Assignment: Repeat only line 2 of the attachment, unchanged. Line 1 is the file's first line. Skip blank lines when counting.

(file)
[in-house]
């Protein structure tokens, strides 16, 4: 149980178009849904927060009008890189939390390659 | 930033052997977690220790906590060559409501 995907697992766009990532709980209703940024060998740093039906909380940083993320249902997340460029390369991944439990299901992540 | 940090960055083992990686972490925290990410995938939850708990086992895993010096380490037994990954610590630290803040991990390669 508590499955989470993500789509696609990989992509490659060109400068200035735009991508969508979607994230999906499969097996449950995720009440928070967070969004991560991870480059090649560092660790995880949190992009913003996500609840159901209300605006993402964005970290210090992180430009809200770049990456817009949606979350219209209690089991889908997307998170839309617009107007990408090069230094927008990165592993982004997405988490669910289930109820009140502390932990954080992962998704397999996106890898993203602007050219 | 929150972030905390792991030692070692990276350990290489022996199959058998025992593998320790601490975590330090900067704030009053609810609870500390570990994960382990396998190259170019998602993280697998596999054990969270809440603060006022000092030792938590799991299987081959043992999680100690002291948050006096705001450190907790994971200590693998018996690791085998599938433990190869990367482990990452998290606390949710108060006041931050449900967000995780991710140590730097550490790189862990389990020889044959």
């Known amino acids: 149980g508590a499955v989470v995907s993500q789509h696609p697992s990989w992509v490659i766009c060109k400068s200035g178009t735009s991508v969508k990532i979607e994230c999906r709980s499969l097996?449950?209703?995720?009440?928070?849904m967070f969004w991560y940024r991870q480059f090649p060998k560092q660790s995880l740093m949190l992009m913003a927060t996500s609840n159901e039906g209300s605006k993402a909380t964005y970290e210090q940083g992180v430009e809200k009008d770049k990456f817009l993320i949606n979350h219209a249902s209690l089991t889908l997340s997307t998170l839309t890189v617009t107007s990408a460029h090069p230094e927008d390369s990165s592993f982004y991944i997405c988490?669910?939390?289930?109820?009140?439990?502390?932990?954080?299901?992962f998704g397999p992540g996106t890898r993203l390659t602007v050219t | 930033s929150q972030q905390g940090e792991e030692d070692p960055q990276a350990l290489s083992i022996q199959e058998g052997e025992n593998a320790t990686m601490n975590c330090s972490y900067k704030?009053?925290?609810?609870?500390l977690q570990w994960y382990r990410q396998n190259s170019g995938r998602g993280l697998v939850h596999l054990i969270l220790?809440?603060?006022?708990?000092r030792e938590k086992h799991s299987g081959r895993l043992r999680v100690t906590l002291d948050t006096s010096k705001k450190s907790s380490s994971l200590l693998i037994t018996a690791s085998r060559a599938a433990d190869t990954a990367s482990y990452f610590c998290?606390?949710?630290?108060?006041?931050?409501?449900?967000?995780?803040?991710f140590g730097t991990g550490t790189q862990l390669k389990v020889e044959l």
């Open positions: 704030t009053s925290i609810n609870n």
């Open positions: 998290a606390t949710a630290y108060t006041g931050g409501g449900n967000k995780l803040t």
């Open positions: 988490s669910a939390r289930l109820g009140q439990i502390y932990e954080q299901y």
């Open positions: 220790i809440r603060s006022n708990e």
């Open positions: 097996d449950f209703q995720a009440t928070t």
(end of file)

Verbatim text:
């Protein structure tokens, strides 16, 4: 149980178009849904927060009008890189939390390659 | 930033052997977690220790906590060559409501 995907697992766009990532709980209703940024060998740093039906909380940083993320249902997340460029390369991944439990299901992540 | 940090960055083992990686972490925290990410995938939850708990086992895993010096380490037994990954610590630290803040991990390669 508590499955989470993500789509696609990989992509490659060109400068200035735009991508969508979607994230999906499969097996449950995720009440928070967070969004991560991870480059090649560092660790995880949190992009913003996500609840159901209300605006993402964005970290210090992180430009809200770049990456817009949606979350219209209690089991889908997307998170839309617009107007990408090069230094927008990165592993982004997405988490669910289930109820009140502390932990954080992962998704397999996106890898993203602007050219 | 929150972030905390792991030692070692990276350990290489022996199959058998025992593998320790601490975590330090900067704030009053609810609870500390570990994960382990396998190259170019998602993280697998596999054990969270809440603060006022000092030792938590799991299987081959043992999680100690002291948050006096705001450190907790994971200590693998018996690791085998599938433990190869990367482990990452998290606390949710108060006041931050449900967000995780991710140590730097550490790189862990389990020889044959």